Dr. Andrea Sereda, a physician with the London InterCommunity Health Centre, has been working on the frontlines of London’s homelessness crisis as an advocate, as well as the lead of the LIHC’s Safer Opioid Supply program.
Some of her recent advocacy involves serving as an organizing committee member of The Forgotten 519, an homelessness advocacy group that arranged a hunger strike last year which brought new attention to the issue.
“I’ve been doing this for over a dozen years now, and I think this is the first time that I’ve heard homelessness and housing options addressed as a key issue in the mayor’s address,” she said. “It’s the first time I’ve seen it talked about really robustly in any campaigns (and) I think this is the first time I’ve seen all sectors of our community, so health and housing, administration within the city and the business community, all come together to address the problem, which I think is really important.
“People aren’t just raising the problems, people are actually coming together to try and form solutions, and that’s unique and new and important to me.”
Last summer, issues impacting those in London’s homeless community made headlines as the advocacy group The Forgotten 519 launched a hunger strike, which was carried out by organizing member Dan Oudshoorn.
His hunger strike ended days later with The Forgotten 519 announcing that, after the third round of talks with the City of London, an agreement had been reached.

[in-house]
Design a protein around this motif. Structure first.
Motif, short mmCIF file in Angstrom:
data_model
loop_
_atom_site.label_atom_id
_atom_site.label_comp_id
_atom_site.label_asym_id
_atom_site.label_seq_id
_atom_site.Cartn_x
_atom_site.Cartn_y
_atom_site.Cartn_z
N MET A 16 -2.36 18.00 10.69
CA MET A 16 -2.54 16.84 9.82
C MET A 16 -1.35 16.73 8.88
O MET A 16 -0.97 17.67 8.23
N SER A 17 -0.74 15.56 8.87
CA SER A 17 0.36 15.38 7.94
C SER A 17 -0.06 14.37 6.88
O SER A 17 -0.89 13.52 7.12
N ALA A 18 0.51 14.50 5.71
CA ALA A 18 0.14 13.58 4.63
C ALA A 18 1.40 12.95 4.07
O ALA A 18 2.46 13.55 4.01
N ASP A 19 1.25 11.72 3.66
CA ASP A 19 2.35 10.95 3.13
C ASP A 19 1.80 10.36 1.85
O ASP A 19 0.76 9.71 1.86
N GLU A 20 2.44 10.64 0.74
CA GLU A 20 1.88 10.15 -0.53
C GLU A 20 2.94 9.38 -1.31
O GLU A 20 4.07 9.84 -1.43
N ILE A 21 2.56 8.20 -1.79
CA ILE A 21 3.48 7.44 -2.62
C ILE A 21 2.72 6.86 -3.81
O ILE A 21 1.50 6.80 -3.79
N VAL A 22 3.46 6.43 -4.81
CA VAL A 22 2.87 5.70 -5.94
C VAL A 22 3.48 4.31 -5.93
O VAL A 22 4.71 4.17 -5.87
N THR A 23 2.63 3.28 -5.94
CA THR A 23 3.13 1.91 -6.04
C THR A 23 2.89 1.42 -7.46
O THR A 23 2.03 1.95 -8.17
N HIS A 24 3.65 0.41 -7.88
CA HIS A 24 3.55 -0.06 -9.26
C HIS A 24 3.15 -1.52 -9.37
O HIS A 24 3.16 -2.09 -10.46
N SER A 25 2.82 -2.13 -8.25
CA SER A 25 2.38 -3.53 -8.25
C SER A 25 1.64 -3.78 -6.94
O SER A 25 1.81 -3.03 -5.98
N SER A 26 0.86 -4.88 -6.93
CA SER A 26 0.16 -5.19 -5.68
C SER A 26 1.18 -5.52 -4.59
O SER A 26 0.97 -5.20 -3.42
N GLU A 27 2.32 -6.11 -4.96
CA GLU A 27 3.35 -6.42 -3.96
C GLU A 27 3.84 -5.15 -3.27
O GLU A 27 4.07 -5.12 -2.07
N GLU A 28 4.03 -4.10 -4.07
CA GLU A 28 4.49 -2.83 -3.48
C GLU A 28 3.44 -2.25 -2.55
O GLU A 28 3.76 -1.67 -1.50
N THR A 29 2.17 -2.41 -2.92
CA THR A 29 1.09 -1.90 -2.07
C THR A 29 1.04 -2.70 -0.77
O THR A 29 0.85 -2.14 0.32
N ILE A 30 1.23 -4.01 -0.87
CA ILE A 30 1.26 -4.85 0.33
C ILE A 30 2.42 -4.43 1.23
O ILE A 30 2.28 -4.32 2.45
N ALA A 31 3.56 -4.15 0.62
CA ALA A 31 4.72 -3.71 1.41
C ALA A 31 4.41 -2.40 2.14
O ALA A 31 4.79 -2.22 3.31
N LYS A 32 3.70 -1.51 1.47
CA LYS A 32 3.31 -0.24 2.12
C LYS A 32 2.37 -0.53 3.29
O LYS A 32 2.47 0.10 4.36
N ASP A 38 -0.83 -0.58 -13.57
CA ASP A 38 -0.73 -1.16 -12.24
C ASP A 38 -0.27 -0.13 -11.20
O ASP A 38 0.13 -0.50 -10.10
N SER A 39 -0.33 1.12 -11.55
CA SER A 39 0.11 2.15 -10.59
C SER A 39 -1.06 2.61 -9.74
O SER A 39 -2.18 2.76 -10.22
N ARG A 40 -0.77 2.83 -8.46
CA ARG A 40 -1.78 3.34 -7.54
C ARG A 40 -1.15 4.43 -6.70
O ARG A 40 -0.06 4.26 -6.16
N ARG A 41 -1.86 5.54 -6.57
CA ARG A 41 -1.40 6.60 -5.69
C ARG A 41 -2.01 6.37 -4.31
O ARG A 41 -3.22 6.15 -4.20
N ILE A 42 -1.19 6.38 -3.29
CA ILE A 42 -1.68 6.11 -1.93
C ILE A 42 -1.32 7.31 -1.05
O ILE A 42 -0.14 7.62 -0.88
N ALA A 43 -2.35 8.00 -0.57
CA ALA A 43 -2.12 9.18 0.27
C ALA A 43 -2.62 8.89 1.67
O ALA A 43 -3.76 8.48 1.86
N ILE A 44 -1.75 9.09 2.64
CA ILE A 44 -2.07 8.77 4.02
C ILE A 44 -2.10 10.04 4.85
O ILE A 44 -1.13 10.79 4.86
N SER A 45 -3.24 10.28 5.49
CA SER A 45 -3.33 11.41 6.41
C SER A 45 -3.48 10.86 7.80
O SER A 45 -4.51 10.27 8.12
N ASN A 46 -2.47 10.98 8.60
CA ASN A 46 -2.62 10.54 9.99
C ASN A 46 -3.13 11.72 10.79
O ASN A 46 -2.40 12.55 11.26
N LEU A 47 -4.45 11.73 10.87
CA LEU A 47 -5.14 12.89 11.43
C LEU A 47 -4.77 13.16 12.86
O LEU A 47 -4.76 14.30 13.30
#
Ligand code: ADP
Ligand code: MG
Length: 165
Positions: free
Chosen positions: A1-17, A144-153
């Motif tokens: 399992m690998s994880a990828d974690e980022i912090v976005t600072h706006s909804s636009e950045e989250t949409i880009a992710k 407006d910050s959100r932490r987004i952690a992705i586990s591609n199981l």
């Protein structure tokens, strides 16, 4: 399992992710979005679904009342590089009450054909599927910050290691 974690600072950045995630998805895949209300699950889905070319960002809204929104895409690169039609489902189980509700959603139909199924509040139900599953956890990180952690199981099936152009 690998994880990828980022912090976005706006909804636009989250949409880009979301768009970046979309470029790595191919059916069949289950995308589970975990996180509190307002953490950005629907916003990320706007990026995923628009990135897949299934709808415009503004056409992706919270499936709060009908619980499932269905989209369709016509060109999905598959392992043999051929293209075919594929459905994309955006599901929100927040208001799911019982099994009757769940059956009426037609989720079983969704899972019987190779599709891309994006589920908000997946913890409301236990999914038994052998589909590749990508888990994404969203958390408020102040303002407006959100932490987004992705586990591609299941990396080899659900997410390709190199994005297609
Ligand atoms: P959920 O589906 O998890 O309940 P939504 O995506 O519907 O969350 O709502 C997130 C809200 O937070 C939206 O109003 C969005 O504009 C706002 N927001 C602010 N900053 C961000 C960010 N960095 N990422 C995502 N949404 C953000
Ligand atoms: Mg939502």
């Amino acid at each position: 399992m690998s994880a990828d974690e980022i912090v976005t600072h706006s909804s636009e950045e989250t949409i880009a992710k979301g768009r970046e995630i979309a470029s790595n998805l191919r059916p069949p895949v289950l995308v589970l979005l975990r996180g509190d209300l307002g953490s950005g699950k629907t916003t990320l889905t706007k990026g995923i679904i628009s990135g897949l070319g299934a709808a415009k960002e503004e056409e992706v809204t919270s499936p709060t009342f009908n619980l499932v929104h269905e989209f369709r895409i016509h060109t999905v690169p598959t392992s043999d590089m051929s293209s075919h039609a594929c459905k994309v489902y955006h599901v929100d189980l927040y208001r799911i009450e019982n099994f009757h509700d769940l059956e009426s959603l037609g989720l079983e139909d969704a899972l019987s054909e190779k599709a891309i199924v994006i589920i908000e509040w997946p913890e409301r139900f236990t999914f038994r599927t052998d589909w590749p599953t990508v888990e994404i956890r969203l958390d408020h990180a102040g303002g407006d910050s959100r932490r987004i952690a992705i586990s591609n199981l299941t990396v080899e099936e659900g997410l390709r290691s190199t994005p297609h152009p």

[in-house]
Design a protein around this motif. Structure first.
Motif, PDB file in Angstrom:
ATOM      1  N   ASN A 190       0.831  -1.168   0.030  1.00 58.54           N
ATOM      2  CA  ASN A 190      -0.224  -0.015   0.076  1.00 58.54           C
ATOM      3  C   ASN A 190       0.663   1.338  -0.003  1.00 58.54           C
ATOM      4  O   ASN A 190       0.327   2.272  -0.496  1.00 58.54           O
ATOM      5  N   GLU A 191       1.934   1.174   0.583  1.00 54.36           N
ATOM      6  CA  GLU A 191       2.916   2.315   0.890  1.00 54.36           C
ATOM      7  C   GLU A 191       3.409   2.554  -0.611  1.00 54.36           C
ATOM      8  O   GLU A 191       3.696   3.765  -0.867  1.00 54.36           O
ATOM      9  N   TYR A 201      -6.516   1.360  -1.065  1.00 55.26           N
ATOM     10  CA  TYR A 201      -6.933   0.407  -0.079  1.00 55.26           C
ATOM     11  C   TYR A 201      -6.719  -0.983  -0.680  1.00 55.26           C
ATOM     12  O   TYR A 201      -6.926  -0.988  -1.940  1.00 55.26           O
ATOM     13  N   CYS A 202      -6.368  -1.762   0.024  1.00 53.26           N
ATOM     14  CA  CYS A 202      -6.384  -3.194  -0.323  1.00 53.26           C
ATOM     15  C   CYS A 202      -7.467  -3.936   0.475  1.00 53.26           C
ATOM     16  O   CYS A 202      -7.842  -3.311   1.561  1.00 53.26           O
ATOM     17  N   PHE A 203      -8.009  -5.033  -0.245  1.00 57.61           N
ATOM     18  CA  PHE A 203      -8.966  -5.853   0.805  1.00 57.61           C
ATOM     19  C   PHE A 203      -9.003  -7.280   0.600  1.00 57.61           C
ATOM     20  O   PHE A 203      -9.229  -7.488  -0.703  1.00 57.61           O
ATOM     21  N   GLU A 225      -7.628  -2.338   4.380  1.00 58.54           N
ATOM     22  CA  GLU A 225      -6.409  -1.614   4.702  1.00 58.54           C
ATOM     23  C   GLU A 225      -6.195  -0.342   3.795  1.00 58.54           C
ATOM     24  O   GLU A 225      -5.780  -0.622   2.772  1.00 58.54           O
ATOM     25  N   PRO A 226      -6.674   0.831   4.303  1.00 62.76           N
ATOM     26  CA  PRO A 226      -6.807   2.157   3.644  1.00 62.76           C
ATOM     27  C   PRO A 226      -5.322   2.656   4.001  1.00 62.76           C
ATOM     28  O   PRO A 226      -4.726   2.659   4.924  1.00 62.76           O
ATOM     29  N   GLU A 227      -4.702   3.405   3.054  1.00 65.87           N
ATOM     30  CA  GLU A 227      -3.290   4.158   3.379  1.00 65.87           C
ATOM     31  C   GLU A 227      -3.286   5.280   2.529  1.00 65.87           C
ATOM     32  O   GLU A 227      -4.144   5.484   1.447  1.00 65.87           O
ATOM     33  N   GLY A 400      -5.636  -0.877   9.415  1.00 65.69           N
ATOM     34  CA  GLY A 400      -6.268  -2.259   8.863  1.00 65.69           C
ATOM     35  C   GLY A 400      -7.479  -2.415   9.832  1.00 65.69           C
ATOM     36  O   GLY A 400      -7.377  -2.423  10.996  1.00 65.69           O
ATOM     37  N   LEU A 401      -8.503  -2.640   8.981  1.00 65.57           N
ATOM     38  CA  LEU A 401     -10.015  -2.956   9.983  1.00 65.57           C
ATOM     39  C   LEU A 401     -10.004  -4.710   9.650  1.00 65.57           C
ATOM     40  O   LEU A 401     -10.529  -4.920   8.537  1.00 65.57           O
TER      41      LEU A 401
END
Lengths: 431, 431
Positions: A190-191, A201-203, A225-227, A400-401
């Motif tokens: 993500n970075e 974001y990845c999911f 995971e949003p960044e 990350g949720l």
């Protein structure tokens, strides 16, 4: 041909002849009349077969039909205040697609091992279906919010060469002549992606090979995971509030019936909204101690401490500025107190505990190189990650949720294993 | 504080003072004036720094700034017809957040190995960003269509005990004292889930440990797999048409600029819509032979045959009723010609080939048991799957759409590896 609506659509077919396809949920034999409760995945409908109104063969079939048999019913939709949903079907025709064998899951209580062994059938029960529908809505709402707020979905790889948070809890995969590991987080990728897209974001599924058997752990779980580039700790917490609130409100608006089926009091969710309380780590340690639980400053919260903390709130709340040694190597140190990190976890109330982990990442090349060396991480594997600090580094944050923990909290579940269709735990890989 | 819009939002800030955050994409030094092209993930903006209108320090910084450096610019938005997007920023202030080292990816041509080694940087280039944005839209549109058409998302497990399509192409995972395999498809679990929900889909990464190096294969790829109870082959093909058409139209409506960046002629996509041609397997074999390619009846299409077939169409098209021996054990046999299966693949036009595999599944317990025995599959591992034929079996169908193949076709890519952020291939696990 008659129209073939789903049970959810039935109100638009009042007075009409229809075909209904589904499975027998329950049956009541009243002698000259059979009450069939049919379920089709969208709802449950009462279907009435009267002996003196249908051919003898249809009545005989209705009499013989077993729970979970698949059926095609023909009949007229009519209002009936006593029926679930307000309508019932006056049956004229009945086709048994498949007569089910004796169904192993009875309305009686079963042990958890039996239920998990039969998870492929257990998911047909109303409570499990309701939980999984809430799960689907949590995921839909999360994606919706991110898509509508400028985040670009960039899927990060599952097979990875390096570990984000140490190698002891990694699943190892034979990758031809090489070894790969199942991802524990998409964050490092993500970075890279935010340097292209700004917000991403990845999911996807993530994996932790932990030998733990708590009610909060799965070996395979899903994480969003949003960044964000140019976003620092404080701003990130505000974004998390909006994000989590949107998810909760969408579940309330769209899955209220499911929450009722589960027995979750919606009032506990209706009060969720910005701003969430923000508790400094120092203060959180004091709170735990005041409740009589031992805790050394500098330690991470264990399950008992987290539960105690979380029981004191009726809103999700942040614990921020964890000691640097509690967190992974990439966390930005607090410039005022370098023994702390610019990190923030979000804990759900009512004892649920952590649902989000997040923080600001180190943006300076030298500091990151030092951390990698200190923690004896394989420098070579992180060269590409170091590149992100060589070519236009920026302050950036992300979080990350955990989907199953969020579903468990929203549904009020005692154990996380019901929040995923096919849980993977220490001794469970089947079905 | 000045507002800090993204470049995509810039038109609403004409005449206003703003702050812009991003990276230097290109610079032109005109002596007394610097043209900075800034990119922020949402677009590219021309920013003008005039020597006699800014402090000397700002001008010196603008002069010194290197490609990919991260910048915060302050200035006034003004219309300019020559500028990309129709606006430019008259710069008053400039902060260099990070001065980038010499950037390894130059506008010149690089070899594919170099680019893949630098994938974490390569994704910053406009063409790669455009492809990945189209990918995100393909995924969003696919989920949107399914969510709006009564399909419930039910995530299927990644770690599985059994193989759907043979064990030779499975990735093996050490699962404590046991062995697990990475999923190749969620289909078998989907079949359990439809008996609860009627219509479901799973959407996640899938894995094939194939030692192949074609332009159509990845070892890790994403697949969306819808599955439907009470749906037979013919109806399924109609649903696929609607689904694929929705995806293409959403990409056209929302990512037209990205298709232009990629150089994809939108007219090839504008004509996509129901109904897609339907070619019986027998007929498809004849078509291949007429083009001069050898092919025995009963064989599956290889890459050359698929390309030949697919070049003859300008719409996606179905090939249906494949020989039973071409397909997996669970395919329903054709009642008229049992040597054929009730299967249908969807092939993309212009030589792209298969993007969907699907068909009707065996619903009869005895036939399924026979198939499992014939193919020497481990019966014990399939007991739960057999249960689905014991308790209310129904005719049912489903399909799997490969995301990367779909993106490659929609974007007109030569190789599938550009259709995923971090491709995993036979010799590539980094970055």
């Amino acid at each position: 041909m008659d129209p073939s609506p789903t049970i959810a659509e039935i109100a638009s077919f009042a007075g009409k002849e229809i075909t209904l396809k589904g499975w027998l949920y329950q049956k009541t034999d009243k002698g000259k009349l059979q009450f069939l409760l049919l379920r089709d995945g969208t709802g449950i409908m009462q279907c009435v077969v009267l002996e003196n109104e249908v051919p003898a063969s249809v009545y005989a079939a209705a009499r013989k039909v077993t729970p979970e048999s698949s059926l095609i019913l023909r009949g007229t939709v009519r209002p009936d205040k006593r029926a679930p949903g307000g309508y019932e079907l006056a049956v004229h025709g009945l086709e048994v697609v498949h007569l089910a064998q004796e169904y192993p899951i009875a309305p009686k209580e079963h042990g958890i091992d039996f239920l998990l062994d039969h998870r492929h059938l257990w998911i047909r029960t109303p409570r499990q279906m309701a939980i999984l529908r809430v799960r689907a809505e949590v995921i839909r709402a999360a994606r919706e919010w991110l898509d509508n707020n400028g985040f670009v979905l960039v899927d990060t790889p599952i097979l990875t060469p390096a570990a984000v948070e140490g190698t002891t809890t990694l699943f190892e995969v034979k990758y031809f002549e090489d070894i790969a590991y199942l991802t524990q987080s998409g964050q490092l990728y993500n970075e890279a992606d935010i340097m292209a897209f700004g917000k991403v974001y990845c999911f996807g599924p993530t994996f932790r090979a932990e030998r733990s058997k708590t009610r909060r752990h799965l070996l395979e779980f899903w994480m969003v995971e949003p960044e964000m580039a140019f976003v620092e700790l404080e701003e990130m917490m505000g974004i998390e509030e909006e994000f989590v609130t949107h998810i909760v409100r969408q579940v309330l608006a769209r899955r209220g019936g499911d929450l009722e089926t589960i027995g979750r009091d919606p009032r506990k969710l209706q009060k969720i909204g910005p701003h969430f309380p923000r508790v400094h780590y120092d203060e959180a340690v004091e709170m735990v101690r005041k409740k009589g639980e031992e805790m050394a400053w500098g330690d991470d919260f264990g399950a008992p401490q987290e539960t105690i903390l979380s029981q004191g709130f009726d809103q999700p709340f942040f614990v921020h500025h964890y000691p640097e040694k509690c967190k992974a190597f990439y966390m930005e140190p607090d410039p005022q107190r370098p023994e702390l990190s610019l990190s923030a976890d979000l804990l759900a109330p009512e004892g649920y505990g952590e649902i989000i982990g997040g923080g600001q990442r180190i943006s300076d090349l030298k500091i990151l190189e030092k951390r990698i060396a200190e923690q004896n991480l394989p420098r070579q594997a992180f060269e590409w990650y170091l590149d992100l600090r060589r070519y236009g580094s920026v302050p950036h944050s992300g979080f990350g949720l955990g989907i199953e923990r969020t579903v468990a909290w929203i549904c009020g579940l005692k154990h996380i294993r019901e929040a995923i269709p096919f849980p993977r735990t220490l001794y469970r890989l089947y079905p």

Abe Oudshoorn is an associate professor at the school of nursing at Western University. On top of being a local advocate, he also specializes in homeless prevention research.
He said that while many in the community have been “highlighting the rapid growing concerns around homelessness,” seeing the mayor prioritize this makes him “very optimistic that the upcoming strategic planning and the budgeting will also be aligned with really solving this challenge.”
“I think that donation is just such a clear indicator that this isn’t some niche issue (or) a small kind of charitable concern. This is all of London who are anxious, who are concerned, who know that we can do better on the issue of homelessness,” Oudshoorn said.
“I think everyone in London is ready to do their part to change the story here.”
He commended Morgan’s points surrounding the need for affordable housing, saying that “housing is the only answer for solving homelessness long-term.”
However, Oudshoorn said that on a provincial level, “the government of Ontario is simply not doing its part.”
“We can do everything we possibly can within our community. But without that level of funding the province has access to, we’re always going to be working behind,” he added.
But focusing on London alone and what’s to come with this new system, Oudshroon said he, too, sees a “new momentum on ending and preventing homelessness” that he’s never seen before.
According to the city, contributions to the upcoming homelessness plan can be made to The Health and Homelessness Fund For Change, managed by The London Community Foundation.
— With files from Global News’ Andrew Graham.